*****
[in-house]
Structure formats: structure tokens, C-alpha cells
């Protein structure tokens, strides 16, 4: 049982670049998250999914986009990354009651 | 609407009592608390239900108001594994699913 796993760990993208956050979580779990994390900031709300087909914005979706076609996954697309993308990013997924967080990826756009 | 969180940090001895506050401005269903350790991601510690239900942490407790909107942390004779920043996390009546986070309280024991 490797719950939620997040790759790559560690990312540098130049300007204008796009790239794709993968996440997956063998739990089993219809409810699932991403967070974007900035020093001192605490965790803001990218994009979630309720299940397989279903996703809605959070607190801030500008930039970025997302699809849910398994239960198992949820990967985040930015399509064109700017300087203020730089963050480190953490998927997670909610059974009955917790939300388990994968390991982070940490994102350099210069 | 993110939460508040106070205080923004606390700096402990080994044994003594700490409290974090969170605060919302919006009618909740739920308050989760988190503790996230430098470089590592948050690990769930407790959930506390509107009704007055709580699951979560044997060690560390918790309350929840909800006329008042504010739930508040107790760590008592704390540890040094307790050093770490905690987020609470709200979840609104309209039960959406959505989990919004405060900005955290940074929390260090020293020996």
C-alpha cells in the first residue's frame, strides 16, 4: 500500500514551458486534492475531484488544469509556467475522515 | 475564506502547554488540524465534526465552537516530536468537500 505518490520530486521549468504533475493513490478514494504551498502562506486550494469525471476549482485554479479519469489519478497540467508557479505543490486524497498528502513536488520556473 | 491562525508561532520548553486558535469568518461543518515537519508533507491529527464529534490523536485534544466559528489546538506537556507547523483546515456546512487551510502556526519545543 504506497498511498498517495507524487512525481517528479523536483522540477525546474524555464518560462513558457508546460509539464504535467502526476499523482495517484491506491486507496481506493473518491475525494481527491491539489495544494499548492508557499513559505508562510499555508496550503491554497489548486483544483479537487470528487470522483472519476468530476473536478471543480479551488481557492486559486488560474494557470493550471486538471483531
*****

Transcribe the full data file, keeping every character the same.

[in-house]
Structure formats: structure tokens, C-alpha cells
């Protein structure tokens, strides 16, 4: 049982670049998250999914986009990354009651 | 609407009592608390239900108001594994699913 796993760990993208956050979580779990994390900031709300087909914005979706076609996954697309993308990013997924967080990826756009 | 969180940090001895506050401005269903350790991601510690239900942490407790909107942390004779920043996390009546986070309280024991 490797719950939620997040790759790559560690990312540098130049300007204008796009790239794709993968996440997956063998739990089993219809409810699932991403967070974007900035020093001192605490965790803001990218994009979630309720299940397989279903996703809605959070607190801030500008930039970025997302699809849910398994239960198992949820990967985040930015399509064109700017300087203020730089963050480190953490998927997670909610059974009955917790939300388990994968390991982070940490994102350099210069 | 993110939460508040106070205080923004606390700096402990080994044994003594700490409290974090969170605060919302919006009618909740739920308050989760988190503790996230430098470089590592948050690990769930407790959930506390509107009704007055709580699951979560044997060690560390918790309350929840909800006329008042504010739930508040107790760590008592704390540890040094307790050093770490905690987020609470709200979840609104309209039960959406959505989990919004405060900005955290940074929390260090020293020996």
C-alpha cells in the first residue's frame, strides 16, 4: 500500500514551458486534492475531484488544469509556467475522515 | 475564506502547554488540524465534526465552537516530536468537500 505518490520530486521549468504533475493513490478514494504551498502562506486550494469525471476549482485554479479519469489519478497540467508557479505543490486524497498528502513536488520556473 | 491562525508561532520548553486558535469568518461543518515537519508533507491529527464529534490523536485534544466559528489546538506537556507547523483546515456546512487551510502556526519545543 504506497498511498498517495507524487512525481517528479523536483522540477525546474524555464518560462513558457508546460509539464504535467502526476499523482495517484491506491486507496481506493473518491475525494481527491491539489495544494499548492508557499513559505508562510499555508496550503491554497489548486483544483479537487470528487470522483472519476468530476473536478471543480479551488481557492486559486488560474494557470493550471486538471483531